Last October, the Chamber and 14 other business associations filed a lawsuit against the EPA, arguing that the Clean Power Plan exceeds the agency's authority to regulate the energy sector, and the Chamber's priorities for 2016 include opposing EPA efforts to curb carbon emissions as well as the agency's science-based finding that global warming endangers public health and the environment.
Manhattan Institute: ExxonMobil gave the Manhattan Institute $200,000 in 2015, boosting the company's total donations to the self-described free-market think tank to $1 million since 1998. In turn, the institute has been cranking out papers and articles denouncing efforts to cut carbon and maligning renewable energy technologies.
Last summer, for example, Manhattan Institute Senior Fellow Oren Cass dismissed the idea of a carbon tax -- ExxonMobil's supposed preferred policy -- as a "shell game" in an article he wrote for National Affairs. He followed up that essay in October with a white paper calling the impending U.N. climate negotiations in Paris a "farce." What did Cass propose as a better solution? He urged policymakers to "abandon fruitless negotiations and focus instead on the realistic option of promoting innovation and preparing for any future adaptation that may be necessary."
The institute's longtime point man on energy, Robert Bryce -- who previously worked for the ExxonMobil-funded Institute for Energy Research -- says he's "agnostic" about climate change. Over the years he has written numerous columns for the Los Angeles Times, New York Times, Wall Street Journal and other publications praising oil, natural gas and coal and disparaging wind and solar. A recent Bryce column in the National Review, for instance, denounced tax breaks and subsidies for the wind industry but ignored the fact that, since 1918, federal oil and gas industry subsidies have averaged $4.85 billion a year in today's dollars.
American Legislative Exchange Council: ALEC, a secretive lobby group that drafts sample corporate-friendly legislation for state lawmakers, has received $1.79 million from ExxonMobil since 1998, and that investment is still paying dividends. At ALEC's annual meeting last July, for example, corporate and legislator members collaborated on bills and resolutions that would inhibit state implementation of the Clean Power Plan, hamper the solar industry from selling electricity directly to homes and businesses, and undermine state renewable energy standards by restricting investment in wind and solar.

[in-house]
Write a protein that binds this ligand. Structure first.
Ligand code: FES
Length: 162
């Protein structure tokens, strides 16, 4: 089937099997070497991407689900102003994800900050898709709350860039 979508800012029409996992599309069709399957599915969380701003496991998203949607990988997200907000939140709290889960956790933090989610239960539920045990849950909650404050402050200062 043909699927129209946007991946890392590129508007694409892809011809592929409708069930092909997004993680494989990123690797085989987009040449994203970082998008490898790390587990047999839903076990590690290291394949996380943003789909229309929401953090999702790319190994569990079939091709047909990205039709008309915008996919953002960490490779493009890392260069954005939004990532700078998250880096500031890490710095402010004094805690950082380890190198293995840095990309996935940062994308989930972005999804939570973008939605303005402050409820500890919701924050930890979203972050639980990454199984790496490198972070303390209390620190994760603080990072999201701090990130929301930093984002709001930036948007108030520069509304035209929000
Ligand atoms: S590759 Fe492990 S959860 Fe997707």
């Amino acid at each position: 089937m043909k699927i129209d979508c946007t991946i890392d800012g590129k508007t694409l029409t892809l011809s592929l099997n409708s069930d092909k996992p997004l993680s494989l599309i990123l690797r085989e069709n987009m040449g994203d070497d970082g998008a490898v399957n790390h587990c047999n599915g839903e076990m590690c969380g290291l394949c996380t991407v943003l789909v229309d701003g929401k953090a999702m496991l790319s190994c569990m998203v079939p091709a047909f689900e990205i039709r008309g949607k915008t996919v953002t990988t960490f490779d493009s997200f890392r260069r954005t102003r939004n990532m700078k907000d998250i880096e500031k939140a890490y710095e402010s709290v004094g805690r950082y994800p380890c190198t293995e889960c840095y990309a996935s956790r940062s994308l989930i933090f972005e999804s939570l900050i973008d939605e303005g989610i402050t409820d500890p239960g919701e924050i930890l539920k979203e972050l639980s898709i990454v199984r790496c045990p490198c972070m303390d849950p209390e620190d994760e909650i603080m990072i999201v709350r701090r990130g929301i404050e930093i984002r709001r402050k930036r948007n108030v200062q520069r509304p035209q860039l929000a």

One of the keynote speakers at that meeting, Stephen Moore -- founder of the Club for Growth and a visiting fellow at the Heritage Foundation -- declared at a plenary session that the "biggest scam of the last 100 years is global warming." ALEC's official position on climate change is only slightly more nuanced, leaving open the question of the role human activity plays. "Climate change is a historical phenomenon," its website states, "and the debate will continue on the significance of natural and anthropogenic contributions."
With that scientifically challenged position, it's no wonder ALEC invites speakers for its conferences from such notorious climate science denier groups as the Committee for a Constructive Tomorrow, the Heartland Institute and, of course, the Heritage Foundation -- all former ExxonMobil grantees.
While ExxonMobil and other major carbon producers Chevron and Peabody Energy remain steadfast ALEC members, more than 100 corporations have severed ties with the organization for a variety of reasons, including its stance on climate change. Those companies include a number of heavy hitters in the energy sector, including American Electric Power, BP, ConocoPhillips and Shell.
National Black Chamber of Commerce: From 2002 through last year, the National Black Chamber of Commerce (NBCC) received $1.1 million from ExxonMobil, and the organization's president, Harry C. Alford, is unapologetic about taking fossil fuel industry money. "Of course we do and it is only natural," Alford states on the NBCC website. "The legacy of Blacks in this nation has been tied to the miraculous history of fossil fuel.... [F]ossil fuels have been our economic friend."